Published in: Pittsburgh Post-Gazette
Written by: Christopher Snowbeck

12/4/2004 – Little Josie King was on the road to recovery when doctors and nurses at Johns Hopkins Children’s Center in Baltimore failed to notice her sudden and severe dehydration.

That condition set the stage for a cardiac arrest that left the 18-month-old girl irretrievably brain damaged.

After Josie’s death in February 2001, the King family reached a financial settlement with the hospital, but then they took the unusual step of using some of the money to fund patient safety programs at Johns Hopkins.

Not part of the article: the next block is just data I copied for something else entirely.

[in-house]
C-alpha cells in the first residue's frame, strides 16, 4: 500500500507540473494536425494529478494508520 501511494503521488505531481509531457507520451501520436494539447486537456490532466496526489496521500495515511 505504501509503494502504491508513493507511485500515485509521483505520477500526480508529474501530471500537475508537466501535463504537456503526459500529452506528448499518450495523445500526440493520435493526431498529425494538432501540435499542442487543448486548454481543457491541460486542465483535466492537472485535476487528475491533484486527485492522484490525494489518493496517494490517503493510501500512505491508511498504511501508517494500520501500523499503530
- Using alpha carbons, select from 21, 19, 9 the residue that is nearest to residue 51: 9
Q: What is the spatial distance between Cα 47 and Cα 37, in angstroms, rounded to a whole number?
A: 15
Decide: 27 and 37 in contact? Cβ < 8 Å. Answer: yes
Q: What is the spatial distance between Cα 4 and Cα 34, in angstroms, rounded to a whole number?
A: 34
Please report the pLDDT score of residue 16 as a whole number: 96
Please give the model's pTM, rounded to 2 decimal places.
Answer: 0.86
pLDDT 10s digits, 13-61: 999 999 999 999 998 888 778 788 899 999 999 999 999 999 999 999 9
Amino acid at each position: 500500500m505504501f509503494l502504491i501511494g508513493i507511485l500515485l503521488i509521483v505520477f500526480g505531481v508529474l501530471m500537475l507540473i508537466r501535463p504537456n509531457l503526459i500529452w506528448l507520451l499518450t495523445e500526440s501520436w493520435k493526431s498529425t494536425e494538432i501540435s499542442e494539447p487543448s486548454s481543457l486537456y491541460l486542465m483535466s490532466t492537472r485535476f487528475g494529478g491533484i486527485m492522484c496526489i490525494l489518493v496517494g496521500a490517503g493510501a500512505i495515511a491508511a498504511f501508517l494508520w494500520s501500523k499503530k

Nearly four years later, Josie’s mother, Sorrel, along with Johns Hopkins physicians, now speaks publicly about the medical error.

“I’ve done all I can do from a consumer’s perspective to initiate change,” Sorrel King said last week.

But as experts mark the five-year anniversary of a landmark federal report on patient safety, they acknowledge that patients are only marginally safer today than they were five years ago.

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